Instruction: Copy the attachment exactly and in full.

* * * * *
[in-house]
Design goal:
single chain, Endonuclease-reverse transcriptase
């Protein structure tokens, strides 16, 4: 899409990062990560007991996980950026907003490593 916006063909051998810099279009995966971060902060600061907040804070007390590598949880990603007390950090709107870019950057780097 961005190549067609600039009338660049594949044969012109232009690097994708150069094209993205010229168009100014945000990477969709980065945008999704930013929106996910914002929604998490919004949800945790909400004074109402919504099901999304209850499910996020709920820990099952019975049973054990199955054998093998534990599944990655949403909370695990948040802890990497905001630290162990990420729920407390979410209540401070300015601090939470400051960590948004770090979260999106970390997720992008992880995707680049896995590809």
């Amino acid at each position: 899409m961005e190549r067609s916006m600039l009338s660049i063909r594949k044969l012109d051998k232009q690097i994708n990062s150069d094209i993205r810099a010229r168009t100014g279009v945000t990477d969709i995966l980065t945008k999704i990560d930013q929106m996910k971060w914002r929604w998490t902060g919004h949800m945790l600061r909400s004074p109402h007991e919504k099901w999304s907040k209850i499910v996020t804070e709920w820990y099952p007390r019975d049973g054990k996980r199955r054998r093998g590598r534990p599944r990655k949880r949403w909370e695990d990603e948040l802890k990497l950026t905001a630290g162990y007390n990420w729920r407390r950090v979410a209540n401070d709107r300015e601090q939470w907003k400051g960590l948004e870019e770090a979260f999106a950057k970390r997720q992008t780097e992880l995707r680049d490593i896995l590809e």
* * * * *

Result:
[in-house]
Design goal:
single chain, Endonuclease-reverse transcriptase
């Protein structure tokens, strides 16, 4: 899409990062990560007991996980950026907003490593 916006063909051998810099279009995966971060902060600061907040804070007390590598949880990603007390950090709107870019950057780097 961005190549067609600039009338660049594949044969012109232009690097994708150069094209993205010229168009100014945000990477969709980065945008999704930013929106996910914002929604998490919004949800945790909400004074109402919504099901999304209850499910996020709920820990099952019975049973054990199955054998093998534990599944990655949403909370695990948040802890990497905001630290162990990420729920407390979410209540401070300015601090939470400051960590948004770090979260999106970390997720992008992880995707680049896995590809």
């Amino acid at each position: 899409m961005e190549r067609s916006m600039l009338s660049i063909r594949k044969l012109d051998k232009q690097i994708n990062s150069d094209i993205r810099a010229r168009t100014g279009v945000t990477d969709i995966l980065t945008k999704i990560d930013q929106m996910k971060w914002r929604w998490t902060g919004h949800m945790l600061r909400s004074p109402h007991e919504k099901w999304s907040k209850i499910v996020t804070e709920w820990y099952p007390r019975d049973g054990k996980r199955r054998r093998g590598r534990p599944r990655k949880r949403w909370e695990d990603e948040l802890k990497l950026t905001a630290g162990y007390n990420w729920r407390r950090v979410a209540n401070d709107r300015e601090q939470w907003k400051g960590l948004e870019e770090a979260f999106a950057k970390r997720q992008t780097e992880l995707r680049d490593i896995l590809e």